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The Hauser Report: “The Greatest Show on Earth” Comes to Warren, Ohio

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The Hauser Report: “The Greatest Show on Earth” Comes to Warren, Ohio

On January 29, Don King promoted a six-bout card headlined by Trevor Bryan defending his faux “regular WBA world heavyweight championship” against Jonathan Guidry coupled with Ilunga Makabu defending his WBC world cruiserweight title against Thabiso Mchunu. The fights took place one year to the day after Bryan defended his belt with an eleventh-round knockout of Bermane Stiverne on a Don King card at the Seminole Hard Rock Hotel in Hollywood, Florida. One had to go back to a four-bout card at the D Hotel & Casino in Las Vegas on August 28, 2015, to find another fight card with King as the lead promoter.

Once upon a time, King bestrode the boxing world like a Colossus. He was the driving force behind “The Rumble in the Jungle” in Zaire and packed 132,000 screaming fans into Azteca Stadium in Mexico to witness Julio Cesar Chavez’s destruction of Greg Haugen. Las Vegas casinos and historic venues like Madison Square Garden were his personal playpen.

But on January 29, King was promoting at the Packard Music Hall in Warren, Ohio – a facility that boasts of having 1,890 “sellable seats without obstructions” and 528 more with an obstructed view of the stage. And the seating capacity for the card fell short of those numbers because the ring was pitched in the center of the room.

The most entertaining thing about the pre-fight promotion was King. But his monologues tend to be less interesting now than before. The Don King of old might have styled this event as a “Fight for World Peace” and talked of staging it on the Russia-Ukraine border with Vladimir Putin and Vitali Klitschko as honored guests. Of course, with the Don King of old, the fighters might have been Muhammad Ali and George Foreman.

William D. Franklin (the mayor of Warren) issued a proclamation declaring that January 26 (three days before the event) was “Don King Day” in Warren. He also presented King with a plaque and told the promoter, “I am thankful to you, Mr. King, for letting us be the host of this great event seen by boxing fans worldwide. Who would have thought that Warren, Ohio, would be the host.”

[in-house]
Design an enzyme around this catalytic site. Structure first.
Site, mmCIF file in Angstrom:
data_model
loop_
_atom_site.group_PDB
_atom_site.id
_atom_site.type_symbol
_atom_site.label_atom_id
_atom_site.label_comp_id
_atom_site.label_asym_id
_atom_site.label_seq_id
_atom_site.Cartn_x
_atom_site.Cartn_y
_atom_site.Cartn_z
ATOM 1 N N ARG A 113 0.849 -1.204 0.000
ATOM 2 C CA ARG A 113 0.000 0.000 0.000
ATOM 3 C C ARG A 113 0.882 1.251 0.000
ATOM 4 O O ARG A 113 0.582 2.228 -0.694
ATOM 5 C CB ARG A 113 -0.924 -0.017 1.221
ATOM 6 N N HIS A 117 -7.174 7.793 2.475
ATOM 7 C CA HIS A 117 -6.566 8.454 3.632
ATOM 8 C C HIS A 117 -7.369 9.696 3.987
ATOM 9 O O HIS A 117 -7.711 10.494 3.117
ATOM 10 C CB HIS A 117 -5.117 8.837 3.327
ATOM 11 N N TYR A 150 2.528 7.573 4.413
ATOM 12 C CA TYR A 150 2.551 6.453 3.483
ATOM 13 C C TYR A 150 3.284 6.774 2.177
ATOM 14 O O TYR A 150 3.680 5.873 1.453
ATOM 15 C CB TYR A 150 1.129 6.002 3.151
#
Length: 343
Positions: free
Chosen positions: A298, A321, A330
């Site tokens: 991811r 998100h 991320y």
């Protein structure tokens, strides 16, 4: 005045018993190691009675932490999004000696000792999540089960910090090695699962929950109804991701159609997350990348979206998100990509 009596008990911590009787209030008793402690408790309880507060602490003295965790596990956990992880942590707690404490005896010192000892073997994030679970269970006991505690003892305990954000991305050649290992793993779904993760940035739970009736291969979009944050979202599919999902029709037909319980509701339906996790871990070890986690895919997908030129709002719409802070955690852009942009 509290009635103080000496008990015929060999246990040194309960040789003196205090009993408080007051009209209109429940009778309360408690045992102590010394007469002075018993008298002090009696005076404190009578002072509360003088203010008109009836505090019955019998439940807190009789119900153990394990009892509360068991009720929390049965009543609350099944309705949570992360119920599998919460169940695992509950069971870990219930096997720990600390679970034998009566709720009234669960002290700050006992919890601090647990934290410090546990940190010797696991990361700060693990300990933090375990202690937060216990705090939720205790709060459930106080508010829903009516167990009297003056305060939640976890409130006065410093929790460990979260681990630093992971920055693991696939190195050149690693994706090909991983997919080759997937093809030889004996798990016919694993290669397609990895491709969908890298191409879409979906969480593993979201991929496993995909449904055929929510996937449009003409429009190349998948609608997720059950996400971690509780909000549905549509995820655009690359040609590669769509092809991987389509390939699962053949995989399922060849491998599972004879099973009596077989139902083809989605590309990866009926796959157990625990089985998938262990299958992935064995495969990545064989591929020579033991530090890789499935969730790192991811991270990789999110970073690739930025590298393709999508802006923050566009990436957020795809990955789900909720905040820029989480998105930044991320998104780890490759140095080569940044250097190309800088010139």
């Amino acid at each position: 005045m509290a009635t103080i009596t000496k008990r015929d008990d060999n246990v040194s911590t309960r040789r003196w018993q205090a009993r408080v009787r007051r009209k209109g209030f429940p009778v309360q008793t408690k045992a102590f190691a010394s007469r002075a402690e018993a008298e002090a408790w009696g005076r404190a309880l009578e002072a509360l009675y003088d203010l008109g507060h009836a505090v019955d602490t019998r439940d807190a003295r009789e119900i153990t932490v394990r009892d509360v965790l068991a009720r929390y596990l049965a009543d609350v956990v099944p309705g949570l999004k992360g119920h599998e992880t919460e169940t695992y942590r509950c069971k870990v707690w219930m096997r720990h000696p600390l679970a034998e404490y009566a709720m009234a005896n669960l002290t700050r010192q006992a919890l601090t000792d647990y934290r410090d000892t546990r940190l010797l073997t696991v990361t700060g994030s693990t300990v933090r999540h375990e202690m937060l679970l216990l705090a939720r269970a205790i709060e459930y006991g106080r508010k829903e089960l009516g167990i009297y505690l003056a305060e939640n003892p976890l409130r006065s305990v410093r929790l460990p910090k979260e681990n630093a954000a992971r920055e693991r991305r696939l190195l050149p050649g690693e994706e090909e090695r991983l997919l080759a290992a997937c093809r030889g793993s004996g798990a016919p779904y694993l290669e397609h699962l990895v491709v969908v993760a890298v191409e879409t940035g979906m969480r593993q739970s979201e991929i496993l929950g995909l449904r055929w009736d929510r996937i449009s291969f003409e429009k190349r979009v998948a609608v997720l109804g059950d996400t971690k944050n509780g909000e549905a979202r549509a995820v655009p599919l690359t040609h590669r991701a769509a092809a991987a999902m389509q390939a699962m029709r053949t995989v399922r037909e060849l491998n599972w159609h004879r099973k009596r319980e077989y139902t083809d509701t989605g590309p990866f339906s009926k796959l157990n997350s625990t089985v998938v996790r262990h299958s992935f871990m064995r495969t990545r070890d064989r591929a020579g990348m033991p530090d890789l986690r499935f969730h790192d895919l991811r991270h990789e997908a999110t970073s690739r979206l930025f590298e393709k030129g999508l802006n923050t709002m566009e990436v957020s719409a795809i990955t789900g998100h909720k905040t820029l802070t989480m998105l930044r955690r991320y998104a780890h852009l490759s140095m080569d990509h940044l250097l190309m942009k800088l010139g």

King responded, “We’re going to have a sensational evening of boxing. It will give people a chance to have fun again. We are here to give you a moment of respite. Let’s have some fun. No matter whether you are young or old, let the good times roll.”

To his credit, King also addressed the issue of COVID head-on, telling fans who planned to attend, “It would be much better if you take the vaccinations and the shot, wear your mask and socially distance.”

Makabu (28-2, 25 KOs, 2 KOs by) was a 2-to-1 betting favorite over Mchunu (23-5, 13 KOs, 3 KOs by), in part because he’d knocked Mchunu out in a previous meeting six years ago.

As for the heavyweights . . . Bryan’s ring record was 21-0 (15 KOs). But no serious reckoning places him among the top big men in the world. And Guidry (17-0-2, 10 KOs) is a club fighter.

No one should blame Guidry for taking the fight. A 32-year-old father of four, he has lived a hardscrabble life in Louisiana, eking out a living as a commercial fisherman and fighting for three-figure paydays when circumstances allow. His purse for facing Bryan was said to be $70,000. That was before the members of his team took their cut. He also received $10,000 for training expenses.

In the past, Guidry had fought a woeful collection of opponents. All but one of his previous fights had been in Louisiana in towns like Cut Off, Opelousas, Houma, Gretna, and Charenton with three appearances on undercards in New Orleans. He’d gone eight rounds once and a full six rounds twice. As for his amateur pedigree; he’d compiled a 2-4-1 (O KOs) amateur ledger between 2007 and 2012. He’s listed as 5’11” tall and had weighed in for his most recent fight at 263 pounds. Bryan was a 15-to-1 betting favorite

King defended the choice of Guidry as an opponent, saying, “The whole essence of this card is opportunity.”

Bryan suggested that any blame for Guidry’s selection fall on shoulders other than his own. “I’m a fighter,” Trevor explained. “When my promoter and manager say this is my next fight and who I’m fighting, all I can do is prepare and get ready for that.”

Guidry addressed his presence on the card with the observation, “I’ve seen what they’re saying, like ‘who is Jonathan Guidry?’ But it’s just how things work. I have nothing to lose. I’m a nobody. But yesterday’s nobody is tomorrow’s somebody.” Later, he told the media, “Not a lot of people can say they fought on a Don King card or fought on his show. I’m grateful that he’s letting me fight on this show and fight for the world title. Without him, I might still be on my shrimping boat or still be crabbing or something.”